Notes from the Dole Queue: Signing on

Most of these people are probably on Bondi Beach by now (via Irish Mirror)

Most of these people are probably on Bondi Beach by now (via Irish Mirror)

Marge Simpson: “Three hundred dollars for doing nothing? I feel like such a crook!”

George Bush: “Don’t worry, it’s easier every week!”

I am one of the quarter of Ireland’s under 25s who are unemployed. The ones who are trying to figure out what to do with themselves, the ones working up the courage to emigrate, the ones who are thrusting CV after CV into the faces  of employers, the ones rotting brain cells in front of Jeremy Kyle every afternoon.

I’ve been on the Live Register (isn’t that a jolly term? I mean it implies that you’re alive at least, which is something to be grateful for) since September, but ironically enough, I’ve been too busy to start these articles until now.

Well, first there was the moving down. Trying to organise five years of college stuff into a room which I’d only sporadically resided in since Leaving Cert was a challenge. I’d always worked at home during the summer so by the time September rolled around most things were still just in a suitcase somewhere, never having had the time or inclination to unpack.

Isn’t it funny how you end up with two of everything in college? Two toothbrushes, two alarm clocks, two hairdryers, eighteen phone chargers… the list goes on. Some duplicates were easier to shed than others. I donated the spare alarm clock to my mother who was glad to take it.

Then there was the book situation. I spent the last year in Galway, which is home to the most enchanting bookshop of all- Charlie Byrnes. Charlie Byrnes is heaven for anyone who loves books. It is filled floor to ceiling with second-hand and new volumes, most of which sell for under a fiver. I came home with more books than I could read, and spent weeks annoying my poor mother, who tripped over them as she tried to walk around her own house.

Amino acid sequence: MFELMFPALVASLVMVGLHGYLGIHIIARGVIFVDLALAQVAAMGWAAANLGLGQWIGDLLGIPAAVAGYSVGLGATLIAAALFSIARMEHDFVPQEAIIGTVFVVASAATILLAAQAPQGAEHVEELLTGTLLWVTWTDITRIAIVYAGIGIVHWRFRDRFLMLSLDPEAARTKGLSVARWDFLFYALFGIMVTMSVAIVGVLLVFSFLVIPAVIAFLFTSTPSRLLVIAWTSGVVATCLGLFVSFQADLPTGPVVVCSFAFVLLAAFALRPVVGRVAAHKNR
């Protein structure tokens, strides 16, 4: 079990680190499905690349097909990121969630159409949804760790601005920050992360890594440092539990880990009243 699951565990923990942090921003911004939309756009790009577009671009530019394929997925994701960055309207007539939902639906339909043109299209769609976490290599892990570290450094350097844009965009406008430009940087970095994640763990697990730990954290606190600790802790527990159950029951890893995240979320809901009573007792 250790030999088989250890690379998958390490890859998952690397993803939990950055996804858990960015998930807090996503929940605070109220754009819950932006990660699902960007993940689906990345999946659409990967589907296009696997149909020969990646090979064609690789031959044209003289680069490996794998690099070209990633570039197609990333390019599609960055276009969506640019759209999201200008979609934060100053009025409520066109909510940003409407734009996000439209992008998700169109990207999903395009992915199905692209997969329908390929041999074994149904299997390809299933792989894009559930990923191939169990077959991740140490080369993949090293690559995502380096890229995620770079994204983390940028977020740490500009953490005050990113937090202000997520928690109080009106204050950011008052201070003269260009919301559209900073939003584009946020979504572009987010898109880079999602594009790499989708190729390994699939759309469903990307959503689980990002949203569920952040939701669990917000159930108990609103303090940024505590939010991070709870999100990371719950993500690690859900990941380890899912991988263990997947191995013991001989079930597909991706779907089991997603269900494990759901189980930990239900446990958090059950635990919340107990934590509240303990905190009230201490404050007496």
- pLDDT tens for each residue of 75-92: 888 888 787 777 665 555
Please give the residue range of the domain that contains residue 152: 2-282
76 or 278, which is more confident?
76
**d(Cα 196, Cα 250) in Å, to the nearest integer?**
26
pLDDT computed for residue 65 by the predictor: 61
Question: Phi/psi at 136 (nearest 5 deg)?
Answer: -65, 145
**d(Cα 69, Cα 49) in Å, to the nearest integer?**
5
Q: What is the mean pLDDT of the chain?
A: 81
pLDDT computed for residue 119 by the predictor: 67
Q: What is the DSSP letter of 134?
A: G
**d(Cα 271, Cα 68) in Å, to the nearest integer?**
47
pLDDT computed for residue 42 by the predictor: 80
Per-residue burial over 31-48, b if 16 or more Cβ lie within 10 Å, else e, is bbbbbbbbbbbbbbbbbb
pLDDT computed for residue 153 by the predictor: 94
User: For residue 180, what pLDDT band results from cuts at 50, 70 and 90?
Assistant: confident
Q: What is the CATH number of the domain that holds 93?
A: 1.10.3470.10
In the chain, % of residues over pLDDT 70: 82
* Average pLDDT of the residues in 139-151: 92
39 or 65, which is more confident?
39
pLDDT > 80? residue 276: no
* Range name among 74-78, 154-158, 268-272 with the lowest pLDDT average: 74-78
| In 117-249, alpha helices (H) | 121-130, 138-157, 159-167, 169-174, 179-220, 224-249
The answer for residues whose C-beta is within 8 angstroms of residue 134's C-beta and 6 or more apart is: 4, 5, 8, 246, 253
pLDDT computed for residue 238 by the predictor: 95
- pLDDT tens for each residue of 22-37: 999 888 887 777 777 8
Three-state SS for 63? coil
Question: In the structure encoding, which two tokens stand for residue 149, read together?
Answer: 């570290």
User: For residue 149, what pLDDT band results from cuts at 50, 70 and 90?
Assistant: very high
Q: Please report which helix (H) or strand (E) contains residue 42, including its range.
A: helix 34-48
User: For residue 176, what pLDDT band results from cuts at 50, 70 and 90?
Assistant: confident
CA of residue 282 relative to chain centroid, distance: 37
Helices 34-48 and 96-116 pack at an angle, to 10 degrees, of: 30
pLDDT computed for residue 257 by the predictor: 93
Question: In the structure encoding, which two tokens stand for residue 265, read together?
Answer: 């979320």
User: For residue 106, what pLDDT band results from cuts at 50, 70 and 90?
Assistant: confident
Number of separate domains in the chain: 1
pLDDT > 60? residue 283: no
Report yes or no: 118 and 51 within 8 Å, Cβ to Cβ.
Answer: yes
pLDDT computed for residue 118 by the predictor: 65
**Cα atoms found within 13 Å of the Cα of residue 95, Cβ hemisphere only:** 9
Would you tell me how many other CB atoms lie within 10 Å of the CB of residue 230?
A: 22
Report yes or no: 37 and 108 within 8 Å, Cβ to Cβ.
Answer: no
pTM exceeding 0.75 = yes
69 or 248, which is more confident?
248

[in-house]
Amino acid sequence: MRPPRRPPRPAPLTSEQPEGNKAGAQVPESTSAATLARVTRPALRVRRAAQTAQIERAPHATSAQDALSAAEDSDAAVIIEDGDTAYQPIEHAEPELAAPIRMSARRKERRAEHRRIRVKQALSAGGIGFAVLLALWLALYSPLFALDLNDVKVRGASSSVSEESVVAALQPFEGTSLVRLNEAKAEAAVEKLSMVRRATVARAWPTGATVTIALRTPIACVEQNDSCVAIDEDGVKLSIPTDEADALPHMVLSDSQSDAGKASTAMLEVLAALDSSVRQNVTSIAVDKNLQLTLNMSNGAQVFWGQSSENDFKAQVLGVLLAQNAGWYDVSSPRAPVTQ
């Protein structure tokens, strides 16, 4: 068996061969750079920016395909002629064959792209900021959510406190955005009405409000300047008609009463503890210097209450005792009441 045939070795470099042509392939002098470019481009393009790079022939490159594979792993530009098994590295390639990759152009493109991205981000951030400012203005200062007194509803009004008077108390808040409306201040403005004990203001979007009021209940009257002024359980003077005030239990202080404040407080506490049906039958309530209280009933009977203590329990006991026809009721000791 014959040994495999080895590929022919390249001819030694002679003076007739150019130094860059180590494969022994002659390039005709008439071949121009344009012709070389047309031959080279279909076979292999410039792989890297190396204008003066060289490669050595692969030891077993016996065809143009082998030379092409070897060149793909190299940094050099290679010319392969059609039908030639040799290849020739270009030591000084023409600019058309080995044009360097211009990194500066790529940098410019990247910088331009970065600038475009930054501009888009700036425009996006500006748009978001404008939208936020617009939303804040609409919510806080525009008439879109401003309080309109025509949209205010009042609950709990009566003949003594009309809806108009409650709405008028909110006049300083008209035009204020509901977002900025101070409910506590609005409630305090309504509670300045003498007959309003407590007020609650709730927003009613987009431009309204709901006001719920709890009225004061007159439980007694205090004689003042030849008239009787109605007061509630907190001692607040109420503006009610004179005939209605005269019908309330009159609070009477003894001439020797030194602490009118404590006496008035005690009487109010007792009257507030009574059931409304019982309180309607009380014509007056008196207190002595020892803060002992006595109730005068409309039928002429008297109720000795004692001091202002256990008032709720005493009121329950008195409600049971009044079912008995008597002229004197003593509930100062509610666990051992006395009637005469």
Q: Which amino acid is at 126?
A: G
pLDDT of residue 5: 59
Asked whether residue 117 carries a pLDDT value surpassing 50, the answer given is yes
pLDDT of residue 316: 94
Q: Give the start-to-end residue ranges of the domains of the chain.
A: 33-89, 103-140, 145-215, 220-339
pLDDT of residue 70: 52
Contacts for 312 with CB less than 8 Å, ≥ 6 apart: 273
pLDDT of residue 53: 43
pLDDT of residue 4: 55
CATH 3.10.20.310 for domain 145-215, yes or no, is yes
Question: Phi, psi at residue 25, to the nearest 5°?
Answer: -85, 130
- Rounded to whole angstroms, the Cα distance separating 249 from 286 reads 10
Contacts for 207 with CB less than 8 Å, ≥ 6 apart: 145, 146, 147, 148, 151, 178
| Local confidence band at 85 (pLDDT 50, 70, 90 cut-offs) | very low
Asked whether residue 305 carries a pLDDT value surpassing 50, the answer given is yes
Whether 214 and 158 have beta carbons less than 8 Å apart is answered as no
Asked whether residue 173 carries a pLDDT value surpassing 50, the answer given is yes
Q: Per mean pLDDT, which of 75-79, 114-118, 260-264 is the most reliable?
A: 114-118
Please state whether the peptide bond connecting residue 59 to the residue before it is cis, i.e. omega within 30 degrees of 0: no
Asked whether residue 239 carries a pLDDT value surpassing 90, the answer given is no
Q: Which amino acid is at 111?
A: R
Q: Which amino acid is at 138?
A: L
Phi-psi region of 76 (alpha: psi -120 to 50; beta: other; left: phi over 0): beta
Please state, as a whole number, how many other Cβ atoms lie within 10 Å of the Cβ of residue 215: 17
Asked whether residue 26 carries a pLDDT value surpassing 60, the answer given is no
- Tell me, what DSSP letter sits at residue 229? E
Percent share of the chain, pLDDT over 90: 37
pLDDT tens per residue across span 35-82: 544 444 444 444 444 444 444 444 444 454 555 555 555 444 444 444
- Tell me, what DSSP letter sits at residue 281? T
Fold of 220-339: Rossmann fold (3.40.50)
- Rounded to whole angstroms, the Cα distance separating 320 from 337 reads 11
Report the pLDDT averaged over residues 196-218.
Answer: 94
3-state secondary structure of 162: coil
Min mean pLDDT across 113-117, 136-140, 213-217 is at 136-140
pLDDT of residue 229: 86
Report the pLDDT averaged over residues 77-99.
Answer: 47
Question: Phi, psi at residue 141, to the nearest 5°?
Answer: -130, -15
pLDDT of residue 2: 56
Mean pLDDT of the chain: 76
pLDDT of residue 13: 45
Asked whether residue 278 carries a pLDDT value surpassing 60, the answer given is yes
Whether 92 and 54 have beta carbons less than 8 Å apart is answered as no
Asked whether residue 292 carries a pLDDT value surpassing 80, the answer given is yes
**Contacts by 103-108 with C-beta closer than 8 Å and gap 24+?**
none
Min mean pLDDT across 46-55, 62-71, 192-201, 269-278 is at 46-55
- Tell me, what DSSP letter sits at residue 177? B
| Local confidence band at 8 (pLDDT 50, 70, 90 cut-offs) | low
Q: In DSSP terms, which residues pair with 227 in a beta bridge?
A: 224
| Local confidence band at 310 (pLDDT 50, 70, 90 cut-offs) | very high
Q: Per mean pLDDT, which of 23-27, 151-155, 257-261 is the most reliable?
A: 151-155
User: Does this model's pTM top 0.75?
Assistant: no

Moving in and settling back took up a week or two. Then, as I have been working in one form or another since I was 17, I used my last month’s wages to buy myself a TEFL course and an online creative writing course. I also volunteered at the local community radio station and got involved with the local creative writers’ group. You know, just to keep busy.

But man cannot live on typing alone (I should know). It was time to… dun dun dun… sign on.

It was surprisingly easy. I’ve heard horror stories of people who had to wait months to hear if they would even get dole. But I went down one day, was told to come back the next day, filled out some forms, was told to go to Kilmallock (a pain in the posterior as I am currently learning to drive- another project- and don’t have a car) and fill out more forms.

This was where it got annoying. I’d a taxi on the metre outside and there I was trying to remember the addresses of everywhere I’d lived in the last two years. Elm Park… no wait, it was 189 I think, not 184… No it was 201… Then home…

“Why did you live at home in the middle of 2010?” the nice lady at the social welfare office narrowed her eyes.  Clearly I was trying to con the system. I explained that if you had ever stepped foot in that house, you would run home to mammy too, and besides, Paddy Power needed me for the summer.

I should have probably explained that I worked there, and not that I had a chronic gambling problem.

Then Oaklawns, Castletroy… Then Laurel Park in Galway… Snipe Avenue in Galway…

I felt like Jimmy Magee trying to recall the 1948 London Olympics by the time we’d finished, filling a whole A4 page, FRONT AND BACK, with addresses (most of which mentioned trees, making them sound a lot more salubrious than they actually were).

Then the verdict was in. €147.50 a week…. And a trip to the post office every Wednesday to collect it.

Next time: Why the post office and why actually, you know, the money isn’t bad…

In the first of a new series, The Daily Shift’s Roisin Peddle takes a look at life on the dole… 

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